Between 8 and 9 of the morning of January 26, 1914, Manuel Alburo, the justice of the peace of the municipality of Argao, Province of Cebu, and Gaudencio Sañiel, the defendant, were in the railway station of said municipality on private business, alone engaged in a conversation at a place about 6 or 8 yards away from the station scales, when Sañiel gave the justice of the peace a shove in the belly with his fist. When said official received the shove and hurriedly started to leave the place to call the police to his aid, his hat fell off his head, and defendant stooped down, picked it up and handed it to him. Afterwards they both went, though not together, to the Constabulary barracks of the pueblo, where, although no order of arrest had as yet been issued against the defendant, he expressed a desire to remain, for he feared that if he were taken to the municipal building he might be mobbed. At the time of the occurrence just referred to, a charge of estafa was pending against defendant before this same justice of the peace and he had to furnish new bail for his provisional release while awaiting trial under that charge.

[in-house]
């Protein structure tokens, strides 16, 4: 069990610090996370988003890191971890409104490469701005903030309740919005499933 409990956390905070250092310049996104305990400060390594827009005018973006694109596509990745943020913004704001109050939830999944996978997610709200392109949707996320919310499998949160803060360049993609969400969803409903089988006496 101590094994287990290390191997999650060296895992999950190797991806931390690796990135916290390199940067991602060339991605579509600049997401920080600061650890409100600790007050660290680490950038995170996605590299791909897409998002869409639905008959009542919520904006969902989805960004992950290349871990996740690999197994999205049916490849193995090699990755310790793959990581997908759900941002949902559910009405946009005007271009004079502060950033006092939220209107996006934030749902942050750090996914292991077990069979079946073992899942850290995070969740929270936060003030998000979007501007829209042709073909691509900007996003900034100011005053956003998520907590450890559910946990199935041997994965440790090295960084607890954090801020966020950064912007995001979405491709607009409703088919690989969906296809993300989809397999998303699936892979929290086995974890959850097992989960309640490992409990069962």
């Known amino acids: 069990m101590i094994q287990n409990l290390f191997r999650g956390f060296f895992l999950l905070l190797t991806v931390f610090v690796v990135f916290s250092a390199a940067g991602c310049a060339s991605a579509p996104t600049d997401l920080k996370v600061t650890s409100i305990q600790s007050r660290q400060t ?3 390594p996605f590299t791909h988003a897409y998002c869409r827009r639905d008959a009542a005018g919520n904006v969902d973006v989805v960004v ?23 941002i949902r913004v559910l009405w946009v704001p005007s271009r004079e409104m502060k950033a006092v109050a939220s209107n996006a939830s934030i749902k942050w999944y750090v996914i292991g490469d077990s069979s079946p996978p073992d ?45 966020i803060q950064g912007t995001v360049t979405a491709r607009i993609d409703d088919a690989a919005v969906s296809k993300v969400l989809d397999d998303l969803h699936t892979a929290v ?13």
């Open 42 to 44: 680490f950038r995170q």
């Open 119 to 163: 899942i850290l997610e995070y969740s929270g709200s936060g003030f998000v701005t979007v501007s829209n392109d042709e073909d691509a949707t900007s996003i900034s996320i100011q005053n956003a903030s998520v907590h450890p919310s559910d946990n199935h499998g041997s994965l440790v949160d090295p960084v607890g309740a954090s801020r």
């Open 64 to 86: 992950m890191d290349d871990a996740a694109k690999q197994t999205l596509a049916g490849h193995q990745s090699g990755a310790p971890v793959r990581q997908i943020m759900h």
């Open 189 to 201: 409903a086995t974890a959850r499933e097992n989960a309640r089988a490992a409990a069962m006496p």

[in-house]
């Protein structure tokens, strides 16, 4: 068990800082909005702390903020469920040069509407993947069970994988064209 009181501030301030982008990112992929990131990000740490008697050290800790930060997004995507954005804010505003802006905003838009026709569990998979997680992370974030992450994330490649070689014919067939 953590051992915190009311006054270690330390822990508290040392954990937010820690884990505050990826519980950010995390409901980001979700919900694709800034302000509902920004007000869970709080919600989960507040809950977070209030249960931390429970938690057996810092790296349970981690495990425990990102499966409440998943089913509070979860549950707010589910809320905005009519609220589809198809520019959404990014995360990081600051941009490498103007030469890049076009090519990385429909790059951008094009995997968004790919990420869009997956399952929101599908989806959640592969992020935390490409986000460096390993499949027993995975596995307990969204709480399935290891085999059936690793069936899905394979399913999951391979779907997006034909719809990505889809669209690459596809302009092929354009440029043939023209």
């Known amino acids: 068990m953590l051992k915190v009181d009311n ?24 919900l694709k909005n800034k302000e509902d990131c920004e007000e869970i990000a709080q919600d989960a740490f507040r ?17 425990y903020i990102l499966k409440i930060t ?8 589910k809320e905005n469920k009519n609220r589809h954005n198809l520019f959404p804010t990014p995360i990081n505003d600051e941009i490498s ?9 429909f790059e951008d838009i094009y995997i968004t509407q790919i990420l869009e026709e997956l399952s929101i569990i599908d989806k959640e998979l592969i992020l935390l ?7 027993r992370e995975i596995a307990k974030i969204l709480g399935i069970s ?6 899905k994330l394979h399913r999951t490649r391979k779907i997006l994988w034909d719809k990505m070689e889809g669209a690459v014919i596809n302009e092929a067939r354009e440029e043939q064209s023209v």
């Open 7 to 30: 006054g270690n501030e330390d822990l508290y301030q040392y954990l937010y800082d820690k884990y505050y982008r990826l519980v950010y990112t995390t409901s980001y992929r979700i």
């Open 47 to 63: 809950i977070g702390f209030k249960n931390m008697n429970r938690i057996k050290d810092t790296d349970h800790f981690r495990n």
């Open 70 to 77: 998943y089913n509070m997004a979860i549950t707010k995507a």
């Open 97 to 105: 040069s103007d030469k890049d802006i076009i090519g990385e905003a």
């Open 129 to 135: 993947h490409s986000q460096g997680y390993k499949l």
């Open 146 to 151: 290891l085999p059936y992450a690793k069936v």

The justice of the peace, Manuel Alburo, testified that their conversation was commenced by defendant who, on seeing him in the station, approached him, embraced him and said: "Two words with you, friend Maneng," then, taking him to the place where they conversed, lamented his situation for having been first charged with theft and then with estafa, and also the fact that the bondsmen he had presented had been rejected, which rejection defendant attributed to personal revenge on the part of the justice of the peace; this accusation the latter denied, saying he had done no more than to comply with his duty in accordance with the fiscal’s instructions. The justice of the peace testified that immediately after he had said this and while he was wiping his eyes with his handkerchief, defendant struck him saying: "Ah, evil justice of the peace, servant of the fiscal and of the judge."cralaw virtua1aw library